Rimauresq Rosé 2003 Côtes de Provence

There are times – and  an increasing number of them as I pointed out last year in The rehabilitation of rosé  - when only a rosé will do. I am thrilled to see more and more effort go in to producing rosés with real interest. We have Cabernet rosés from Chile and Syrah rosé s from California, along with a host of perhaps less predictable offerings from Spain and Italy. But to me the quintessential rosé comes from the south of France where each summer’s supply and demand are in something like perfect harmony. In seriously high temperatures, especially eating out of doors and ideally on a vine-shaded terrace, what is needed is a wine with the satisfaction of a red wine and the cooling qualities of a white. Voilà, un rosé!

Provence is supposed to be the home of rosé and still produces far too much pink wine with no, or worse, flavour but good Provençal rosé  has a quality and flavour all of its own. It is serious stuff – serious enough to drink with all sorts of delicious Mediterranean summer foods. It is dry – none of this horribly sweetened  cheap Anjou. It is not especially high in acidity but it is savoury and scented and has a particular perfume reminiscent of the southern French garrigue which I can only, perhaps wrongly, attribute to the Tibouren grape which I have encountered only in Provence.

This Rimauresq Rosé 2003 is made from Tibouren and that other excellent rosé grape Cinsault. It has all these qualities in spades and I thoroughly recommend it as a summer staple for drinking both with and without food. The property near Pignans is quite a way inland north east of Toulon (marked in the 5th edn of The World Atlas of Wine since you ask) and was taken over by the Scottish Wemyss (pronounced ‘Weems’) family in the late 1980s. Investment in replanting vineyards and upgrading the cellar seems to have paid off (though I found the red a bit too tannic for my taste).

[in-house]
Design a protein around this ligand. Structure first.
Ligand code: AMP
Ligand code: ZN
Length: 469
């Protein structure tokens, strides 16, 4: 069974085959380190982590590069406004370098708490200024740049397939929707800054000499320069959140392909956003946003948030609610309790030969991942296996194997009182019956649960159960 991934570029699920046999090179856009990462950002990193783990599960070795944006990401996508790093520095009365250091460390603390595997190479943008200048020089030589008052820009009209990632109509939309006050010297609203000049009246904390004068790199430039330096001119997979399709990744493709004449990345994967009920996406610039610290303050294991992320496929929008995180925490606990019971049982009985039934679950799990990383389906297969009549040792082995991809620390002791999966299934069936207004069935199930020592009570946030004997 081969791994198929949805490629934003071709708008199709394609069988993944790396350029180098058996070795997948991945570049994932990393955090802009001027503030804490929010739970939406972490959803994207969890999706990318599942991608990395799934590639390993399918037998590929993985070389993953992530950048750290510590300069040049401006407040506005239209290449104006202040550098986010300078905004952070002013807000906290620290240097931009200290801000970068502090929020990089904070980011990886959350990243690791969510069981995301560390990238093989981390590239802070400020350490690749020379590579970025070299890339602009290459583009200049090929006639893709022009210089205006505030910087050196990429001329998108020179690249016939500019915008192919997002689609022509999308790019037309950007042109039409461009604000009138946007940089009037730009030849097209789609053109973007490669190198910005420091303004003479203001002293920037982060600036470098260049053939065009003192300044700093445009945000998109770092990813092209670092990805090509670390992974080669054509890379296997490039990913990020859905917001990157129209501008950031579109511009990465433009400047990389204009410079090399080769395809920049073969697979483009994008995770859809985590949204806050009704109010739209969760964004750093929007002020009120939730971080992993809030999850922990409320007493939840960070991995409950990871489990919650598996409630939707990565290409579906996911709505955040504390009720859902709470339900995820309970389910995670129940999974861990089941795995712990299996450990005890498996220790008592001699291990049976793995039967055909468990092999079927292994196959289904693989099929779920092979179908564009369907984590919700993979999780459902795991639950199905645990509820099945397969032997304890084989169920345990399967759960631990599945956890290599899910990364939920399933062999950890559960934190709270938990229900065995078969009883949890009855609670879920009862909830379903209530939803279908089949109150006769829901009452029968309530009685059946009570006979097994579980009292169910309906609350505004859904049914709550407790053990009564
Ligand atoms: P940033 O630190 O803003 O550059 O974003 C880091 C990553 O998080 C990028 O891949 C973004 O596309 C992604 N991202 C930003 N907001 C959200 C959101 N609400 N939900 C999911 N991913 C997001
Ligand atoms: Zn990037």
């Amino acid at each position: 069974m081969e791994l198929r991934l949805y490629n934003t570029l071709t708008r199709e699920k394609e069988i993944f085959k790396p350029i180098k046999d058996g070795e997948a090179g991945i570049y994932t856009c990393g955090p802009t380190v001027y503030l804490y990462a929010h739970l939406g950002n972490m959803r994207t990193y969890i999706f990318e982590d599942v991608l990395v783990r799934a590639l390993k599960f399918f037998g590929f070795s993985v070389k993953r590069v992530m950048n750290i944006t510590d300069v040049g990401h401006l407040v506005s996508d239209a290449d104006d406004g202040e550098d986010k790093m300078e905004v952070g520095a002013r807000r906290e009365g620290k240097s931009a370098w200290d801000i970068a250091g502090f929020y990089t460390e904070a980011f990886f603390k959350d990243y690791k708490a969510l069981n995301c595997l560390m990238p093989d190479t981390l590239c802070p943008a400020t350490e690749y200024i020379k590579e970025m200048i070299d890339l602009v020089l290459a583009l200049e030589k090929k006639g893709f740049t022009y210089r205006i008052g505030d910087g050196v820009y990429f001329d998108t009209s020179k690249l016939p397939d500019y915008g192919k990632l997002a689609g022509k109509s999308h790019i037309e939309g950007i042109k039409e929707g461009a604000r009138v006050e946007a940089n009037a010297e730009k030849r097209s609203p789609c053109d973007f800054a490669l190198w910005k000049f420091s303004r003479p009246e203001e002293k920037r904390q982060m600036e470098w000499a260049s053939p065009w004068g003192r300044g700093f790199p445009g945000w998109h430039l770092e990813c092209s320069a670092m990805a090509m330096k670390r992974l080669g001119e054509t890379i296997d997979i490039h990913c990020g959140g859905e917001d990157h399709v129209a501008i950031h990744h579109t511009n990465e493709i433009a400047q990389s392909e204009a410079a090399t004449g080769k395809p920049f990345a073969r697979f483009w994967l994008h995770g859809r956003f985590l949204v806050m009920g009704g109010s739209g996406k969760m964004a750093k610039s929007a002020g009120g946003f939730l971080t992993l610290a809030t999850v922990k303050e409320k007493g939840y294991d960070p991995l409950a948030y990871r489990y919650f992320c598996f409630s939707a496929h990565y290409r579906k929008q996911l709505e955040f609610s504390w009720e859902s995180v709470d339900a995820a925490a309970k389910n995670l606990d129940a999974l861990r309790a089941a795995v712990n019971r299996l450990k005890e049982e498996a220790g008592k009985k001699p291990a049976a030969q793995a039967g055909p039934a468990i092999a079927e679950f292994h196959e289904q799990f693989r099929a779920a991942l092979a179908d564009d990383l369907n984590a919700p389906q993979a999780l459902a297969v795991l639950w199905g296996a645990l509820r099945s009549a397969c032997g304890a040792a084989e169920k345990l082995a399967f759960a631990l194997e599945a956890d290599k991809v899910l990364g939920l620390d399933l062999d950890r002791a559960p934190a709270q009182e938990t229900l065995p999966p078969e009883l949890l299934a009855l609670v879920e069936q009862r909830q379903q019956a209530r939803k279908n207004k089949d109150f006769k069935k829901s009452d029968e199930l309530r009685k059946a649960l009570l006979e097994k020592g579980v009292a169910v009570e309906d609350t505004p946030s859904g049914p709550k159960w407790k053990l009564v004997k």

The family also own the Fonty’s Pool operation in Pemberton, Western Australia in conjunction with Cape Mentelle.

This classily labelled rosé  is apparently available at about £8.95 a bottle from Playford Ros of Thirsk; The Circus Café of Edinburgh; Lay & Wheeler of Colchester; and Philglas & Swiggott, Bentalls, House of Fraser, Friarwood and Mayfair Cellars in London.

Those who have difficulty tracking this down might care to look out for Terra Sana Organic Rosé 2003 Vin de Pays d’Oc from the energetic, peripatetic Lurton brothers Jacques and François. This is made in thoroughly modern reductive style so that at opened bottle will stay fresh in your refrigerator for weeks on end but has lots of good, bumptious Languedoc fruit and no excess of sweetness or acidity. It comes from, Domaine de la Rèze, a wine farm near Azille north west of Narbonne which has just been certified organic. Cinsault is (just) the dominant grape here, bolstered by Grenache and filled out with Carignan. It is supposed to be available at about  £5.45 from www.youngswinedirect.co.uk but I could find no sign of it there this morning. Keep looking.